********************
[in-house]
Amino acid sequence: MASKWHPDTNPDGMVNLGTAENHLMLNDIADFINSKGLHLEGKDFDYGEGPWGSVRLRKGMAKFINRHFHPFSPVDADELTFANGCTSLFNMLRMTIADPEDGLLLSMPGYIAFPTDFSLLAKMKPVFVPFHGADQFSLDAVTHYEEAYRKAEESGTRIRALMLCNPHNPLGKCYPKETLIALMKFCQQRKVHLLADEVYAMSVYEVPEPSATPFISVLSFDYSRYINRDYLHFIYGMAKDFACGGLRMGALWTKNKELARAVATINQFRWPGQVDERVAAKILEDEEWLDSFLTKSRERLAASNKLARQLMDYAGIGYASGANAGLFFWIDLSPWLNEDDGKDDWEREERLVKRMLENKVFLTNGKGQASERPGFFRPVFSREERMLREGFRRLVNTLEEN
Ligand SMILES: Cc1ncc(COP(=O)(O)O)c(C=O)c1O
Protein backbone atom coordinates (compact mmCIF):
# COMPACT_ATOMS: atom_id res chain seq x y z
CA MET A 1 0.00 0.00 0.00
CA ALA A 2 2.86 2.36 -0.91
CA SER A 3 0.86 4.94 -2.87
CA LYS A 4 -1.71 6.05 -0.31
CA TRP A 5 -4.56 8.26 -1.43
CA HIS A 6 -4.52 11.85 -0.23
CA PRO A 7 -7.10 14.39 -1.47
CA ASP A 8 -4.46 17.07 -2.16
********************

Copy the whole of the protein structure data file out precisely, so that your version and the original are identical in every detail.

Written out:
[in-house]
Amino acid sequence: MASKWHPDTNPDGMVNLGTAENHLMLNDIADFINSKGLHLEGKDFDYGEGPWGSVRLRKGMAKFINRHFHPFSPVDADELTFANGCTSLFNMLRMTIADPEDGLLLSMPGYIAFPTDFSLLAKMKPVFVPFHGADQFSLDAVTHYEEAYRKAEESGTRIRALMLCNPHNPLGKCYPKETLIALMKFCQQRKVHLLADEVYAMSVYEVPEPSATPFISVLSFDYSRYINRDYLHFIYGMAKDFACGGLRMGALWTKNKELARAVATINQFRWPGQVDERVAAKILEDEEWLDSFLTKSRERLAASNKLARQLMDYAGIGYASGANAGLFFWIDLSPWLNEDDGKDDWEREERLVKRMLENKVFLTNGKGQASERPGFFRPVFSREERMLREGFRRLVNTLEEN
Ligand SMILES: Cc1ncc(COP(=O)(O)O)c(C=O)c1O
Protein backbone atom coordinates (compact mmCIF):
# COMPACT_ATOMS: atom_id res chain seq x y z
CA MET A 1 0.00 0.00 0.00
CA ALA A 2 2.86 2.36 -0.91
CA SER A 3 0.86 4.94 -2.87
CA LYS A 4 -1.71 6.05 -0.31
CA TRP A 5 -4.56 8.26 -1.43
CA HIS A 6 -4.52 11.85 -0.23
CA PRO A 7 -7.10 14.39 -1.47
CA ASP A 8 -4.46 17.07 -2.16